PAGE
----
What is the difference between a Canadian and a canoe?
OH! OH! O-RING!
You get to camp, drop your pack at your tentsite and
open it up to find one of your fuel bottles has emptied itself.
Explains the vapor following you on the trail your friends thought was
from the curried lentil stew last night. Your sleeping bag, clothes,
tent and food are damp from naptha fuel (aka white gas aka white
spirits aka Coleman campfuel) so you hang them up to dry (in the rain).
Shame on you, first, for not protecting your other gear
and food from the fuel (next time, put everything else in a plastic bag
separate from the camp fuel bottle which should be in another separate
plastic (ziplock) bag and, if possible, a separate pack). Shame on you,
second, for not checking the O-ring on the fuel bottle. Shame on you,
third, for cozying up to the camp fire or lighting a stove later on
while wearing clothes that naptha had dried on (the residue is
flammable after it has dried and you could go up in flames in all that
synthetic - hey, primed wool ignites nicely, too).
Every metal fuel bottle/container/reservoir has a
rubber O-ring under the cap which compresses between the plastic
cap/lid and the metal lip of the fuel bottle to keep fuel from leaking
out of the bottle. You will find the same type of O-ring on the fitting
between your campstove pump and the fuel bottle.
Rubber O-rings have a short lifetime, especially when
exposed to various fuels like naptha and compression-stressed by them
gorilla hands. If you examine the O-ring under compression you will
notice hair-line or larger splits in the rubber, which will permit fuel
to leak out of the bottle if it is not standing upright; or fuel can
leak out of a bottle when it is connected to your stove; your stove
operating instructions warn you to check for leaks before lighting the
stove or your cigar.
So you open your stove spare parts kit and, voila, you
find a spare O-ring. If you don't find one (more likely) then you
better use some electrical rubber tape or duct tape or some other
method to keep the fuel in the stove OR transfer the fuel into another
vessel that will not leak, such as a 1/2 litre or larger pop bottle
that is first rinsed out with the fuel. Remove the old O-ring by
rolling it off the bottle cap or stove pump and roll the new one on
making sure it does not have any cracks. PACK OUT THE OLD O-RING so it
doesn't find itself around some toad's neck.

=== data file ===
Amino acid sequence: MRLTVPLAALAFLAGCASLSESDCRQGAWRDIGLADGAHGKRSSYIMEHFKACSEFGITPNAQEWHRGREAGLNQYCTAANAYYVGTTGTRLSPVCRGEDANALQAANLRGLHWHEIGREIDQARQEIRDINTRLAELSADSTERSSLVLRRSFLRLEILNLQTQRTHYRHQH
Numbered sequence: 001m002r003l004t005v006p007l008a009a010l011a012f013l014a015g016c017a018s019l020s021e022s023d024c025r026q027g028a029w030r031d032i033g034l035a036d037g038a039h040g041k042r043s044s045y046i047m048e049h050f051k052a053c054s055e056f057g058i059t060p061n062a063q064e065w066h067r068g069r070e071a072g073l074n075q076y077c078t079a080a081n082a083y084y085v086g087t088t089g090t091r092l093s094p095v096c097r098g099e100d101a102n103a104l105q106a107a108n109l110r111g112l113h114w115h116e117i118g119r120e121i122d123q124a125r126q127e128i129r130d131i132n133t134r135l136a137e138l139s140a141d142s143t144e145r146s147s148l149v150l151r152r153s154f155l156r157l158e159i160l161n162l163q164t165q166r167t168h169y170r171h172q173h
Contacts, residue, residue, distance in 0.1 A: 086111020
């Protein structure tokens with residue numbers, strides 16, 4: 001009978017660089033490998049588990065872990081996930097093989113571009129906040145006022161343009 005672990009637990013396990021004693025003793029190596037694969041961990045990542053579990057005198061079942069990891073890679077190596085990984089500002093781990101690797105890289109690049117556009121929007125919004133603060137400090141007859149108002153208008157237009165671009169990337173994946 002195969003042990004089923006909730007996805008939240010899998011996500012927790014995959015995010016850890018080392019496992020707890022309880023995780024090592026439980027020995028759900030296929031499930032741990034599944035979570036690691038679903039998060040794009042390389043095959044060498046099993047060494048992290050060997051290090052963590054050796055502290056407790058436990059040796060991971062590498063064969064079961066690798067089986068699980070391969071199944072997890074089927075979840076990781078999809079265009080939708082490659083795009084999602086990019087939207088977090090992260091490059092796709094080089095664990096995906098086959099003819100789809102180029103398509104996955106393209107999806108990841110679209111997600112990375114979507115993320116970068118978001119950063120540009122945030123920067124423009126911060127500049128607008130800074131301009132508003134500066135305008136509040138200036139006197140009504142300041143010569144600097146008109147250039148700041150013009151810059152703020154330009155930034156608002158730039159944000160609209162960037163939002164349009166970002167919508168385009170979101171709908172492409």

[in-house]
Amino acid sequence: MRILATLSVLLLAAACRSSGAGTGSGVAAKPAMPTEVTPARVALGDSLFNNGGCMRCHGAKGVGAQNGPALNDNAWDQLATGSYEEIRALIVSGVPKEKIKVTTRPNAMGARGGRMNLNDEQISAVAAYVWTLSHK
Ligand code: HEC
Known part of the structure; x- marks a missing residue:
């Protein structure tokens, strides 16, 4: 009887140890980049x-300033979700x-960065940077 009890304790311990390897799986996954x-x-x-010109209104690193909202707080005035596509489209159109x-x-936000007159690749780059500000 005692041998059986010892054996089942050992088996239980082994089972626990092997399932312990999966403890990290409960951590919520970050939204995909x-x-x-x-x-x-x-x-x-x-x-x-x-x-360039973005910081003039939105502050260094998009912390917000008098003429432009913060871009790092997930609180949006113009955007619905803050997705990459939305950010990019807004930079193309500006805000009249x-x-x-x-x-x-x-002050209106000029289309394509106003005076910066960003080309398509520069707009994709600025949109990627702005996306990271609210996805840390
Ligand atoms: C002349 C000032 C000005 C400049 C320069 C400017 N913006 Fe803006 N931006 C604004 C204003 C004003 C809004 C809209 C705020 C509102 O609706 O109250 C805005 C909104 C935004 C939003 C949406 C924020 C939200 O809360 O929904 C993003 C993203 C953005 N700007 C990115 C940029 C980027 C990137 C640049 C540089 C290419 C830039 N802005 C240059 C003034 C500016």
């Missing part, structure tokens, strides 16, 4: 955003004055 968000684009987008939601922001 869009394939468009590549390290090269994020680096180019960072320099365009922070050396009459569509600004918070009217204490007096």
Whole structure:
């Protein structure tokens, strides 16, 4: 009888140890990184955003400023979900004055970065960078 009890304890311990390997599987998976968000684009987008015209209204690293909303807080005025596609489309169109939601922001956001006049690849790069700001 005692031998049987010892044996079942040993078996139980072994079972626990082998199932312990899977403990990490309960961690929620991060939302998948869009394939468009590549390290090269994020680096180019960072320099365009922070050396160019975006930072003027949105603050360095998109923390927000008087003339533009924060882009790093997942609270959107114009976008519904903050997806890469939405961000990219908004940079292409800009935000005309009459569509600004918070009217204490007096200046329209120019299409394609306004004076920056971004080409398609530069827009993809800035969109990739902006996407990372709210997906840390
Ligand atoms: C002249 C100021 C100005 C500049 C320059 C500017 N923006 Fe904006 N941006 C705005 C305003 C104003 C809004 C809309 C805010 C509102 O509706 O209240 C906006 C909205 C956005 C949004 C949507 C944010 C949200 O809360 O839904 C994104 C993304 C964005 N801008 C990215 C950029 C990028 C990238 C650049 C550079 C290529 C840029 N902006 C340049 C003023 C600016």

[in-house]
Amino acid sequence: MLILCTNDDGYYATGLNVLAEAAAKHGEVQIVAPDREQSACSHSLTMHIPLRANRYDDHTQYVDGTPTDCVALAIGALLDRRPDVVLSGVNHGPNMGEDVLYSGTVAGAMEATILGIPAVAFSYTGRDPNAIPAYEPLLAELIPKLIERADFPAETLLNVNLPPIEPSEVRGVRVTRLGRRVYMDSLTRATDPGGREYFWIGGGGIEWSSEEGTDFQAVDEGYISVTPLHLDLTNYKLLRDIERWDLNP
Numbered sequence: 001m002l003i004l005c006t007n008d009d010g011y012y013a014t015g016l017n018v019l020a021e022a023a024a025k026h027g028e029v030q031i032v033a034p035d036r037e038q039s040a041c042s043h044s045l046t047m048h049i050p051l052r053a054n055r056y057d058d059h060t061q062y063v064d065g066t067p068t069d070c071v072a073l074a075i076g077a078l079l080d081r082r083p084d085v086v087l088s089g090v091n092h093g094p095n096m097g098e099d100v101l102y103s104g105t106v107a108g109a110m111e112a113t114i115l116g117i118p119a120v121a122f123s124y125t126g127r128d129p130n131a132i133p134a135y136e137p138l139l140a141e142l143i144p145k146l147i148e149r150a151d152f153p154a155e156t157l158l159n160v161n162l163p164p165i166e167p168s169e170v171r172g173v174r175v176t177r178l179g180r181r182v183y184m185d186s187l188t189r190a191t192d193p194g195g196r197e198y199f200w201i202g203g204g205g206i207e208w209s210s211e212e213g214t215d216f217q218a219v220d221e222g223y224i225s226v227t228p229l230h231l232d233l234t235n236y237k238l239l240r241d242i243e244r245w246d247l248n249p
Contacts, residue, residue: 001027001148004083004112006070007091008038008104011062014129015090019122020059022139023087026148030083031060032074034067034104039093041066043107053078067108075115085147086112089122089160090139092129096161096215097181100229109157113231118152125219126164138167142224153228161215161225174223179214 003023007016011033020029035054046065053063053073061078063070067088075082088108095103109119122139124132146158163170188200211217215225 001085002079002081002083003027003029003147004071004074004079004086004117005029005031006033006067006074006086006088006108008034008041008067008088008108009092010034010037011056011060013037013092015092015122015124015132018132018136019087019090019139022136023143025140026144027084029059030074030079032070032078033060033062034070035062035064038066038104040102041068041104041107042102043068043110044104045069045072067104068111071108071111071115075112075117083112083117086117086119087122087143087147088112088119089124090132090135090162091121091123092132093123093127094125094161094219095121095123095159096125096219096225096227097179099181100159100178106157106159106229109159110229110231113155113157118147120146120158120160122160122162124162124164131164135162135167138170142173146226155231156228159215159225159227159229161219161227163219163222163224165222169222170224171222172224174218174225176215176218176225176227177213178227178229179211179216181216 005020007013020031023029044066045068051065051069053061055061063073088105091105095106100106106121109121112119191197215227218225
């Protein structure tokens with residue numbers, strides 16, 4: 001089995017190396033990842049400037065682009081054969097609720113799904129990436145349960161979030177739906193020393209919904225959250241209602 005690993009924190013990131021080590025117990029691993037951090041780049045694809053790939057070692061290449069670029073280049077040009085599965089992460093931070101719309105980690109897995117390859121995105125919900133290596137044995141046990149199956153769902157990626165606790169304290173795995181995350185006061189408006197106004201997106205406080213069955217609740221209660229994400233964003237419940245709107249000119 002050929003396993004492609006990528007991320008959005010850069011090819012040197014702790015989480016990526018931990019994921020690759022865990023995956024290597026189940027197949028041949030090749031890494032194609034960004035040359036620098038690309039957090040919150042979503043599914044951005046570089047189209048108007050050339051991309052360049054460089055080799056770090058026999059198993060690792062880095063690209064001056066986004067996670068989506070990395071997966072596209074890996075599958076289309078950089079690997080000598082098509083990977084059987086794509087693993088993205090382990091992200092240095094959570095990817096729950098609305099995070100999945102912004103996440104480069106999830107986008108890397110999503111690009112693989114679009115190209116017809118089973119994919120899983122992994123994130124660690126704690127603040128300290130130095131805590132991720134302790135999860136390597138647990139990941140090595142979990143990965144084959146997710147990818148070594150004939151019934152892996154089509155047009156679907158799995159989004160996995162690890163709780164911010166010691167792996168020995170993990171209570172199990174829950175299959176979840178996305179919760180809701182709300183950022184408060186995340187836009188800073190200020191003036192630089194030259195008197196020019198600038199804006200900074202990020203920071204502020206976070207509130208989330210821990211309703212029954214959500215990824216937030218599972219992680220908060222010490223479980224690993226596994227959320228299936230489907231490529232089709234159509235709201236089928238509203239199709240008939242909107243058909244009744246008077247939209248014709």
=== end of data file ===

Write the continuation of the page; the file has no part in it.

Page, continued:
Before your trip, buy the right O-ring for your fuel
bottles at your local/favorite outdoor store. They are different (I
think) for MSR and Coleman fuel bottles and stoves. Dealers who sell
the stoves SHOULD also stock replacement parts including individual
fuel bottle O-rings. I prefer MSR stoves (e.g. Whisperlite
International 600 Shakerjet) and have found that the automotive parts
section at Canadian Tire (they don't sell MSR stoves) stocks an array
of rubber O-rings including exactly the correct size O-ring for MSR
fuel bottles (part number 61-9821-6, 7/8 inch I.D. x 1 1/8 inch OD x
1/8 inch thick, 59 cents each; or try part number 93-7100-8). They
are also available from Mountain Equipment Coop (MEC); ask for a
MSR Fuel Bottle/Pump O-Ring SKU 8093 or Style 1506-260 for 50 cents
each. You may also find them in stock at Wilderness Supply or other local
I carry a couple O-rings in my repair kit and stock up
because the O-rings don't seem to degrade before you install them on a
bottle. I use a few each year (usually on other people's fuel bottles
who like to trip with me because I carry everything to prevent such
problems) and make a point of checking the O-rings each time I refuel a
bottle before each trip.
Haven't had a fuel bottle leak (friends have) nor have
any of my stoves blown up yet! Problem is, I have to stop carrying 20
pounds of O-rings with me!
BENT SHAKERJET NEEDLE?
If you own a MSR Whisperlite International 600
Shakerjet stove and can't get the same old heat out of it, check to
make sure the shakerjet needle isn't bent over (look in the orifice
opening, if you see the pin bent then disassemble and
straighten/replace the shakerjet needle).
When you put your stove away don't clip the hose hook into the orifice, clip it onto the stove's legs instead.
SIMMERING AN MSR STOVE
So you want to simmer your wild (edible) mushrooms (or omelette or tender whatever) on a Whisperlite or XGK, eh?
Here are several methods for simmering which can be used individually or in combination:
The last method requires babysitting the stove to make